Using the excuse of tax confidenti­ality, tax officials, civil servants and politician­s have never properly explained the reasons behind this ongoing windfall, though they have been upfront with their fretting that all good things must come to an end. Since 2015, corporatio­n tax buoyancy has funded ever increasing current and capital spending by government department­s. If the business tax reverted to a normal trend, what would happen then? As taking the axe to spending and entitlemen­ts is

not politicall­y wise, the only alternativ­e is to raise more taxes, which is where the Commission came in.

The 13-person body, chaired by Niamh Moloney, a law professor in the London School of Economics, delivered as requested. To scoop up more taxes, the Commission’s focus settled on people who have the resources to pay more tax. That largely means individual­s and businesses who own property and who are already paying most of the income tax.

Besides referencin­g vertical equity, the Commission’s thinking was also informed by ‘horizontal equity’. This concept references the idea that people in similar circumstan­ces should be taxed on the same basis. This means that capital gains, gifts and inheritanc­es, lottery winnings and all other receipts are taxed at the same level as regular employment income.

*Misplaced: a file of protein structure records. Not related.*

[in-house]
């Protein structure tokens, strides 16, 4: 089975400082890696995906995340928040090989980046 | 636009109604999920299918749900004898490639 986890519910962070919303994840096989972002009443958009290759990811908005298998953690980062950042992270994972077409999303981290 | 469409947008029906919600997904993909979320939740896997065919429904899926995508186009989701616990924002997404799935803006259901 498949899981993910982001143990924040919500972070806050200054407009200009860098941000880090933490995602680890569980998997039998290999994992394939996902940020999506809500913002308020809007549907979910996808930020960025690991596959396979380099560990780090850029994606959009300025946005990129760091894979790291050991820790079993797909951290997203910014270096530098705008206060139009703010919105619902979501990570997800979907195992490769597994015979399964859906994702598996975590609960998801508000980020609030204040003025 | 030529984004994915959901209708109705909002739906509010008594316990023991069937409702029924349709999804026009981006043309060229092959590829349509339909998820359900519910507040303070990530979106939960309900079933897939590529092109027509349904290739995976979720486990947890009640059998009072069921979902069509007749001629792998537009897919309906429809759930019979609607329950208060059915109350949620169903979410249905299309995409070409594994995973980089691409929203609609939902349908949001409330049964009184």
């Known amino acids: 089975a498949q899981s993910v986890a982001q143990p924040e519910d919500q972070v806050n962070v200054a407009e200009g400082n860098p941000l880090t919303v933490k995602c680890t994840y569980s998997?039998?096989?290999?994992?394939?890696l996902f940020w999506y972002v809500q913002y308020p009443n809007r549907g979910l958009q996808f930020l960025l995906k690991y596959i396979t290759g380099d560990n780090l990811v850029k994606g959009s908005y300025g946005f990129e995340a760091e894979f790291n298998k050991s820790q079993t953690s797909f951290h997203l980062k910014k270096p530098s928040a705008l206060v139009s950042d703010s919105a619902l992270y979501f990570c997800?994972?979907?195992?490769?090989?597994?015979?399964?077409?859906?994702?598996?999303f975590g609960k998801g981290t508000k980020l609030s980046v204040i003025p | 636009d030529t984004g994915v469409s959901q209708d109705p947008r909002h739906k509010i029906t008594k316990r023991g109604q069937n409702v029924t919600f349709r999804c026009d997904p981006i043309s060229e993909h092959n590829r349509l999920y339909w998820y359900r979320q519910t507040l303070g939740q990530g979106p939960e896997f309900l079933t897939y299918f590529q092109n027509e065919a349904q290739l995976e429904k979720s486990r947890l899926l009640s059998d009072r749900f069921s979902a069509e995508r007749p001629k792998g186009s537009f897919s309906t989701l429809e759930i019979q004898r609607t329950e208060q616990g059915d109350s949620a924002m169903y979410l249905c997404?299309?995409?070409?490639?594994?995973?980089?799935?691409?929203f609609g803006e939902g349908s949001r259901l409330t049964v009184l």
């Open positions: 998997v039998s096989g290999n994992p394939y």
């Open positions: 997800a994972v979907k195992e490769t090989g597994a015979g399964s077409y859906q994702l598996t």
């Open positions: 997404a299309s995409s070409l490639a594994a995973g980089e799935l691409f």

Nailing its colours to the mast, the Commission report declares: “While there may be practical limitation­s to how precisely this principle can be applied, it remains essential to the design of the taxation system in terms of not just efficiency, but also, crucially, in terms of fairness. That two people who have the same income should be taxed similarly is a basic principle of tax design.”

In fact, this basic principle is absent from large swathes of the Irish tax system. For instance, people aged 70 or over with aggregate annual income under €60,000 pay a USC rate of 2% on income over €12,000 rather than the full USC rate structure applying. Grandchild­ren can receive €32,500 from their grandmothe­r’s estate without paying any tax. Revenue rules allow for a tax-free lump sum of up to €200,000 to members of approved pension schemes.

In its report, the Commission says its approach to tax reform was also guided by the concept of ‘intergener­ational equity’. This concept, also ideologica­l, postulates that economic growth should be widely shared, so that each succeeding generation can expect its living standards and the opportunit­ies it enjoys to be at least as good as those enjoyed by the generation that went before.

In this context, the Principal Private Residence (PPR) — the source of most Irish people’s wealth — was examined. The Commission’s view is that the complete exclusion of PPRs from Capital Gains Tax is an anomaly. However, Prof. Moloney and her colleagues shied away from really stirring up a hornet’s nest, and settled for recommendi­ng that PPR relief should be restricted ‘over time’.

There was no such hesitation on other property issues, with a firm recommenda­tion for a Site Value Tax. This would apply to all land currently not subject to the Local Property Tax — i.e. commercial (developed and undevelope­d), mixed-use, agricultur­al land (with a ‘differenti­al rate’) and undevelope­d zoned residentia­l lands, state-owned lands, as well as all land

 ?? LEAH FARRELL / ROLLINGNEW­S.IE ?? Commission chair Niamh Moloney and finance minister Paschal Donohoe
LEAH FARRELL / ROLLINGNEW­S.IE Commission chair Niamh Moloney and finance minister Paschal Donohoe